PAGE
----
Yesterday the government and Treasury kept saying Treasury had been hacked.
At 9pm the night before David Farrar had a less sinister explanation:
. . . That possibly the material was put up on a website of some sort and someone found it. Treasury are calling it hacking because they didn’t think it was open to the public. But there is a difference between hacking a secure computer system, and locating information that is on the Internet (even if hidden). . .
This morning police say there wasn’t a hack:
The people who accessed Budget information from the Treasury website did not act illegally.
Instead, they appeared to have used a search tool on the Treasury department’s website, which “does not appear to be unlawful”, police advised Treasury.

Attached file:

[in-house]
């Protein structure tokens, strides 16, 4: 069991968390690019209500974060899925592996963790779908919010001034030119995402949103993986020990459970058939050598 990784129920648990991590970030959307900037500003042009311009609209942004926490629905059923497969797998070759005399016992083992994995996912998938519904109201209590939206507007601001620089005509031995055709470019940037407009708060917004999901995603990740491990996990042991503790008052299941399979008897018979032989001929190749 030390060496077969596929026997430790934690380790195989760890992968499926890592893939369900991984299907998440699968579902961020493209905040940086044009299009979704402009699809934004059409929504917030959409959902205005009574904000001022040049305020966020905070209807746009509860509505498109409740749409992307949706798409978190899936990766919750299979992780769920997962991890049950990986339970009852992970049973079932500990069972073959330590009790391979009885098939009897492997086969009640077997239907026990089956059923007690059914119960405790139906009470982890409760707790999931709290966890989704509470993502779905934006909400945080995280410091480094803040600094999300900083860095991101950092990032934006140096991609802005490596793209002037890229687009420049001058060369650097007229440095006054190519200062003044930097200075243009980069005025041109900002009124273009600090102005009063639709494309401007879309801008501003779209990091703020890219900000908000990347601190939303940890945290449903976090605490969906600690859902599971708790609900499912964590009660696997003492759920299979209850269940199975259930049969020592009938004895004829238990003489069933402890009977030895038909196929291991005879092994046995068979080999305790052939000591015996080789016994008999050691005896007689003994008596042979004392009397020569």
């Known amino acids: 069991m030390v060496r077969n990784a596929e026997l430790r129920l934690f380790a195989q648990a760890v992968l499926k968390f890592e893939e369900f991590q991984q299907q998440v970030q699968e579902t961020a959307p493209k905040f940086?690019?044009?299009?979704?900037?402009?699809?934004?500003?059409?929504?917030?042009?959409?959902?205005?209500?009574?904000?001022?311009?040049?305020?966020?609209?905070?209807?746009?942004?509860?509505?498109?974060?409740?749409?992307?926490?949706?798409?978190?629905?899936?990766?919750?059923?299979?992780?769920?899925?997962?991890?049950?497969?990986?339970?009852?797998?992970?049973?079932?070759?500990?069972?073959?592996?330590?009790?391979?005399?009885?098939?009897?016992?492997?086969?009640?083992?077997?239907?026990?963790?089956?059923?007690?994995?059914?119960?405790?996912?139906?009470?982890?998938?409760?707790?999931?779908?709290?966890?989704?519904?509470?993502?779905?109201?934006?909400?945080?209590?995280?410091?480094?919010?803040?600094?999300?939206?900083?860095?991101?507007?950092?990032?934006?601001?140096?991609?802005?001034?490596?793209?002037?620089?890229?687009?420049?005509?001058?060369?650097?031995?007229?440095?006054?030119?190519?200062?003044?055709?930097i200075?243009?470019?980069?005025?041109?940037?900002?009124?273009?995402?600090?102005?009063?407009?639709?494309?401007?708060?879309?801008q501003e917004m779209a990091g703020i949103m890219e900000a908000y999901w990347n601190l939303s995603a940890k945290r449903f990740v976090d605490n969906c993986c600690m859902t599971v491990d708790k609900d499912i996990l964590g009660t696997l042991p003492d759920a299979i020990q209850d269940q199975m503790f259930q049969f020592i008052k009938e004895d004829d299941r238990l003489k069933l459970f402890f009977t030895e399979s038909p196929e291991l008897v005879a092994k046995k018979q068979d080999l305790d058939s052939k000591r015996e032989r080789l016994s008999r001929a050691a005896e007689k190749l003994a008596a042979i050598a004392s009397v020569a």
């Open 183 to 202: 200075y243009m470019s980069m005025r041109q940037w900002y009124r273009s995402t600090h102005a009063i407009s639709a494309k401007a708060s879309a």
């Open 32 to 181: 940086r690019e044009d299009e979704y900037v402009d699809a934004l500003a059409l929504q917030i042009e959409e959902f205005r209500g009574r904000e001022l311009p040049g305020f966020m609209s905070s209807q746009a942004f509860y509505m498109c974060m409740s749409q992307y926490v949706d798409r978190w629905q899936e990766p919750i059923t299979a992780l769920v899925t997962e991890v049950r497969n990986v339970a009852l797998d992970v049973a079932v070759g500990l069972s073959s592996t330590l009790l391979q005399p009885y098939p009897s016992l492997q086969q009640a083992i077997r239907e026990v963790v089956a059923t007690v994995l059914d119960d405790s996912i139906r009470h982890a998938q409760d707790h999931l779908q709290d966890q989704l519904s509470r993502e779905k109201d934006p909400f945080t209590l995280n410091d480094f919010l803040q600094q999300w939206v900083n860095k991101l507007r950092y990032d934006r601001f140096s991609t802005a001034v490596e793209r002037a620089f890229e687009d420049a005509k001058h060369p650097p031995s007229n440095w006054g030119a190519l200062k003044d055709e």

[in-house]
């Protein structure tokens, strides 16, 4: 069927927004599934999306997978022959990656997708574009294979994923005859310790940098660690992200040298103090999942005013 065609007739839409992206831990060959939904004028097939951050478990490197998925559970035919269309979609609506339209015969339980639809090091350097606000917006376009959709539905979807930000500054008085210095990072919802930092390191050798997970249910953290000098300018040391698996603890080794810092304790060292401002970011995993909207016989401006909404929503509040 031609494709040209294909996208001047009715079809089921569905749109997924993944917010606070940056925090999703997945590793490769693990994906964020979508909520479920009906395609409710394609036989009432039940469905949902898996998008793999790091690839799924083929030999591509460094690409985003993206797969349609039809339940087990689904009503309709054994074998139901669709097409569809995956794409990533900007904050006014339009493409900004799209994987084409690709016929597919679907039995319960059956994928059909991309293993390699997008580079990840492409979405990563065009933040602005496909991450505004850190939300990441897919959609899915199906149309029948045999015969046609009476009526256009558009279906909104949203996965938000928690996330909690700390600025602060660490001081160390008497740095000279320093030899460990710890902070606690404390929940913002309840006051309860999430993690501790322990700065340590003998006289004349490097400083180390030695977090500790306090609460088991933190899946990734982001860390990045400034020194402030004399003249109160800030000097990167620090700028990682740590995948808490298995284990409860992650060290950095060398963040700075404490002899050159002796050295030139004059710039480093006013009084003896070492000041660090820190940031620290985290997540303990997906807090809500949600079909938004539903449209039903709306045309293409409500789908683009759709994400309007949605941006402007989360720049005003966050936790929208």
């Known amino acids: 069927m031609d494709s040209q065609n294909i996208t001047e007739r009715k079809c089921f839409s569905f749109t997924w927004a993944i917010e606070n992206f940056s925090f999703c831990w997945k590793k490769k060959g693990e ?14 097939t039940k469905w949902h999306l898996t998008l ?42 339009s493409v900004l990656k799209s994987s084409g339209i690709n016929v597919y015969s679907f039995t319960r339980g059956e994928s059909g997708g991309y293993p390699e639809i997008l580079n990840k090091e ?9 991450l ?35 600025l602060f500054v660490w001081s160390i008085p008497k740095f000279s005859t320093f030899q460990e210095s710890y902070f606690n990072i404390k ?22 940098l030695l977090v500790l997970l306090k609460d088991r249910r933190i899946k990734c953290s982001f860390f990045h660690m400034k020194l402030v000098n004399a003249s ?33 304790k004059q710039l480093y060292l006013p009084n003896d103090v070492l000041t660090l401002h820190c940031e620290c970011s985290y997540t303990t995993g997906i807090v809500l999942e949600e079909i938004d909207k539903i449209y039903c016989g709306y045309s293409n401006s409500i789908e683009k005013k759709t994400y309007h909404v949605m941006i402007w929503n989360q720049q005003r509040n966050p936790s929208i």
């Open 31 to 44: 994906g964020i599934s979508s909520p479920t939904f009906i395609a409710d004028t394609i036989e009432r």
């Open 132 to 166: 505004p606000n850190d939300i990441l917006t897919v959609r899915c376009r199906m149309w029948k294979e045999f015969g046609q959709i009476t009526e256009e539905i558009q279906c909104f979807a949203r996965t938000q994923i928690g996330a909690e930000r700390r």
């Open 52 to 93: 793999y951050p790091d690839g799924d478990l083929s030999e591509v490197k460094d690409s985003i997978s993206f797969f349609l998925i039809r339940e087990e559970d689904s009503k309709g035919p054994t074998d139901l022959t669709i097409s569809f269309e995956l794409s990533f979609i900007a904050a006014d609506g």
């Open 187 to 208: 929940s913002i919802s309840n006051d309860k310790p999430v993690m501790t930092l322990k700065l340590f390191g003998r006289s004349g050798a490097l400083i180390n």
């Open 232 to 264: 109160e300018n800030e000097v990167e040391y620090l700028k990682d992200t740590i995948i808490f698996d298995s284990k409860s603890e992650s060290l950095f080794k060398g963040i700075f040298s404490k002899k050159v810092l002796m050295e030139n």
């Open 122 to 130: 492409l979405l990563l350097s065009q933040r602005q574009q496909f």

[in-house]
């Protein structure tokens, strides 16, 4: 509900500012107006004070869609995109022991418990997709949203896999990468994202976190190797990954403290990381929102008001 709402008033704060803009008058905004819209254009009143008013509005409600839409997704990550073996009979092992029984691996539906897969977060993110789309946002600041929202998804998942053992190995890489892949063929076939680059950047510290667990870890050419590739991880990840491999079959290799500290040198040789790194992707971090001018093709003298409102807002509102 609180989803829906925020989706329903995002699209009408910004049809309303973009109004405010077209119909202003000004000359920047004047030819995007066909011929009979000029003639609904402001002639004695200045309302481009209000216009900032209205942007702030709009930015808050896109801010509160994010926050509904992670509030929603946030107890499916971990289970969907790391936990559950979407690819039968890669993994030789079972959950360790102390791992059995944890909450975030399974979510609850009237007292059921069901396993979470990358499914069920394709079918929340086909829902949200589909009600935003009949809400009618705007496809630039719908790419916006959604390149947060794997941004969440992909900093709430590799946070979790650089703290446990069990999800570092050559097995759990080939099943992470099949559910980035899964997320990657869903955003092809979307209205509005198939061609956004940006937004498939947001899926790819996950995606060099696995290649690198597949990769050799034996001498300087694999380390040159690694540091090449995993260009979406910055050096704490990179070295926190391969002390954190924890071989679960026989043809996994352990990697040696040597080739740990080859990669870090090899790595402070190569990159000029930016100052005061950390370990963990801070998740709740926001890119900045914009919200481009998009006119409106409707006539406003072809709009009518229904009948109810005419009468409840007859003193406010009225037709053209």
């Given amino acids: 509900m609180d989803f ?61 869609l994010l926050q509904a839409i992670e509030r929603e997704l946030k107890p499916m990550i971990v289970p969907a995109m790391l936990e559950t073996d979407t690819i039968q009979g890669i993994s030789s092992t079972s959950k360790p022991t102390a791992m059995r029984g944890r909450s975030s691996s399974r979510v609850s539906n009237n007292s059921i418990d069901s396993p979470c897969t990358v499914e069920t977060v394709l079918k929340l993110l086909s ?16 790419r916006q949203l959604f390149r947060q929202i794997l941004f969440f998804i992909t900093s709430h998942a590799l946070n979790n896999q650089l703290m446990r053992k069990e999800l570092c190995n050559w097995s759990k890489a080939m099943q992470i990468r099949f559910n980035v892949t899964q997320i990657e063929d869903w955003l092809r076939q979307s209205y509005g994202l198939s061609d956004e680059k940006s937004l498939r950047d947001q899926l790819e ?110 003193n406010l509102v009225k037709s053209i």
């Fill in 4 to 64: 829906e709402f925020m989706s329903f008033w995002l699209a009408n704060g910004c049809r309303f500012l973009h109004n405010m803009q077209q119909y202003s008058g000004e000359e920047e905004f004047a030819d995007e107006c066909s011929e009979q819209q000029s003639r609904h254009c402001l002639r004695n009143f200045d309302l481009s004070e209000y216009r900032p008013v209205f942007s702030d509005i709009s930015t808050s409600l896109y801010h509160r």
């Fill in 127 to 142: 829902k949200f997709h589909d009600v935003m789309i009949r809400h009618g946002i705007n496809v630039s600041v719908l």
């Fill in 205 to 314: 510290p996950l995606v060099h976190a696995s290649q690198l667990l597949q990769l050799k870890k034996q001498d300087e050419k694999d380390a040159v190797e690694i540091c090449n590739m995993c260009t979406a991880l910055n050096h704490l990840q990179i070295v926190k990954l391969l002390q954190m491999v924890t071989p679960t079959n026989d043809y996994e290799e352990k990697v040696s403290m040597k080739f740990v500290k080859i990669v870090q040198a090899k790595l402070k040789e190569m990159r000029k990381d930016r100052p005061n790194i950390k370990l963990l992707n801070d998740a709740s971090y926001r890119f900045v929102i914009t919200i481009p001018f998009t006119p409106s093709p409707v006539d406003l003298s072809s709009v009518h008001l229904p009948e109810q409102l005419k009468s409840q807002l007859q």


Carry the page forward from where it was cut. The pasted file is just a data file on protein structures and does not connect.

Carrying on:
The person or persons were able to “exploit” the system because Treasury staff had been preparing a clone website in the background that they intended to swap over with the live website on Budget day.
To do this they began uploading some Budget information onto the clone site.
Although not publicly accessible, some of the information could be seen when a search was made on the website. . .
This is supposed to be Finance Minister Grant Robertson’s day to shine. Instead at least some of the spotlight will be on the shambles at Treasury, the government department for which he’s responsible.
Budgets aren’t the super-sensitive documents they used to be when the value of the dollar, tariffs and taxes would change at the stroke of a government pen.
But it’s supposed to be be a positive focus for the government.
Instead Opposition leader Simon Bridges has stolen the limelight thanks to some simple technological tinkering by someone who, contrary to the accusations, was not acting illegally.